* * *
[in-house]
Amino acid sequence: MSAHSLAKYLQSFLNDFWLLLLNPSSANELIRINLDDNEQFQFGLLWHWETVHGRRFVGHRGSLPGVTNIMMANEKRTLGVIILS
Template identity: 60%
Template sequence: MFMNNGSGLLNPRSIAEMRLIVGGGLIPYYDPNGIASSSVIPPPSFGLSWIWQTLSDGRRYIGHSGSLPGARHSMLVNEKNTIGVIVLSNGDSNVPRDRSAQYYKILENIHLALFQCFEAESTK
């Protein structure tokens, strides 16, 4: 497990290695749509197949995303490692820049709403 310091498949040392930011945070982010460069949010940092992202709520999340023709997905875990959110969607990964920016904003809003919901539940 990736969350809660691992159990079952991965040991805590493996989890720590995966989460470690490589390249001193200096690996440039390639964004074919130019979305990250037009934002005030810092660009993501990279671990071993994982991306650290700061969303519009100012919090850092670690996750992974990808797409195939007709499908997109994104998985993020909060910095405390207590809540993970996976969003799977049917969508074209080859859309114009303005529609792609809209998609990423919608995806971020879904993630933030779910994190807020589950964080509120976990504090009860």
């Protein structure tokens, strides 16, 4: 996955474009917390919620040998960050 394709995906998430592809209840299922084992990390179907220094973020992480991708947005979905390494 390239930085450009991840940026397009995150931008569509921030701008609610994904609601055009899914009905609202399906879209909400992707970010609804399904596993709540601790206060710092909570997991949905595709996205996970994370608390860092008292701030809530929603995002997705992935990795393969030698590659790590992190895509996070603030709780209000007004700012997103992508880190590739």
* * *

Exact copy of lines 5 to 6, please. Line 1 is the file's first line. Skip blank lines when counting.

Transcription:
């Protein structure tokens, strides 16, 4: 497990290695749509197949995303490692820049709403 310091498949040392930011945070982010460069949010940092992202709520999340023709997905875990959110969607990964920016904003809003919901539940 990736969350809660691992159990079952991965040991805590493996989890720590995966989460470690490589390249001193200096690996440039390639964004074919130019979305990250037009934002005030810092660009993501990279671990071993994982991306650290700061969303519009100012919090850092670690996750992974990808797409195939007709499908997109994104998985993020909060910095405390207590809540993970996976969003799977049917969508074209080859859309114009303005529609792609809209998609990423919608995806971020879904993630933030779910994190807020589950964080509120976990504090009860």
């Protein structure tokens, strides 16, 4: 996955474009917390919620040998960050 394709995906998430592809209840299922084992990390179907220094973020992480991708947005979905390494 390239930085450009991840940026397009995150931008569509921030701008609610994904609601055009899914009905609202399906879209909400992707970010609804399904596993709540601790206060710092909570997991949905595709996205996970994370608390860092008292701030809530929603995002997705992935990795393969030698590659790590992190895509996070603030709780209000007004700012997103992508880190590739």